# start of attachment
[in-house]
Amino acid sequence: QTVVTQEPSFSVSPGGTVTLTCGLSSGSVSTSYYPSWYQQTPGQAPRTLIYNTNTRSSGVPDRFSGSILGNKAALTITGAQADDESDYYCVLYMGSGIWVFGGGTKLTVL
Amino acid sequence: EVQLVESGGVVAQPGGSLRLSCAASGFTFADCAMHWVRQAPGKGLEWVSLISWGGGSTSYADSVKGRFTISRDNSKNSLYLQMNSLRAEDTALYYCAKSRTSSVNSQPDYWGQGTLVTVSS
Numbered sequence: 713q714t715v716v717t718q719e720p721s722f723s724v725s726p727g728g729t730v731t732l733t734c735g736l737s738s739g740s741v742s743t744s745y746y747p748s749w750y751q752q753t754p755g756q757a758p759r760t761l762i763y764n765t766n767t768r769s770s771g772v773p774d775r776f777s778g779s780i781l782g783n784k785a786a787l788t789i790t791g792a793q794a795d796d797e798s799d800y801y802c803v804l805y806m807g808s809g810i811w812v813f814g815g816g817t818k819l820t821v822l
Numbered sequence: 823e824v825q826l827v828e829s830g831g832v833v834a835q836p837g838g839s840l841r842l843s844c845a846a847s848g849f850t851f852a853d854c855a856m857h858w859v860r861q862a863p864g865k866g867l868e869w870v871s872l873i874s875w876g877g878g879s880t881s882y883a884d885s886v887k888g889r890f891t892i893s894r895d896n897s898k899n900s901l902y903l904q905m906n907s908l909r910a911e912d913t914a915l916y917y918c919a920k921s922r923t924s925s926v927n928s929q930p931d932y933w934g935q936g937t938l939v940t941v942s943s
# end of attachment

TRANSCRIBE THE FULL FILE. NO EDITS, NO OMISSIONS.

[in-house]
Amino acid sequence: QTVVTQEPSFSVSPGGTVTLTCGLSSGSVSTSYYPSWYQQTPGQAPRTLIYNTNTRSSGVPDRFSGSILGNKAALTITGAQADDESDYYCVLYMGSGIWVFGGGTKLTVL
Amino acid sequence: EVQLVESGGVVAQPGGSLRLSCAASGFTFADCAMHWVRQAPGKGLEWVSLISWGGGSTSYADSVKGRFTISRDNSKNSLYLQMNSLRAEDTALYYCAKSRTSSVNSQPDYWGQGTLVTVSS
Numbered sequence: 713q714t715v716v717t718q719e720p721s722f723s724v725s726p727g728g729t730v731t732l733t734c735g736l737s738s739g740s741v742s743t744s745y746y747p748s749w750y751q752q753t754p755g756q757a758p759r760t761l762i763y764n765t766n767t768r769s770s771g772v773p774d775r776f777s778g779s780i781l782g783n784k785a786a787l788t789i790t791g792a793q794a795d796d797e798s799d800y801y802c803v804l805y806m807g808s809g810i811w812v813f814g815g816g817t818k819l820t821v822l
Numbered sequence: 823e824v825q826l827v828e829s830g831g832v833v834a835q836p837g838g839s840l841r842l843s844c845a846a847s848g849f850t851f852a853d854c855a856m857h858w859v860r861q862a863p864g865k866g867l868e869w870v871s872l873i874s875w876g877g878g879s880t881s882y883a884d885s886v887k888g889r890f891t892i893s894r895d896n897s898k899n900s901l902y903l904q905m906n907s908l909r910a911e912d913t914a915l916y917y918c919a920k921s922r923t924s925s926v927n928s929q930p931d932y933w934g935q936g937t938l939v940t941v942s943s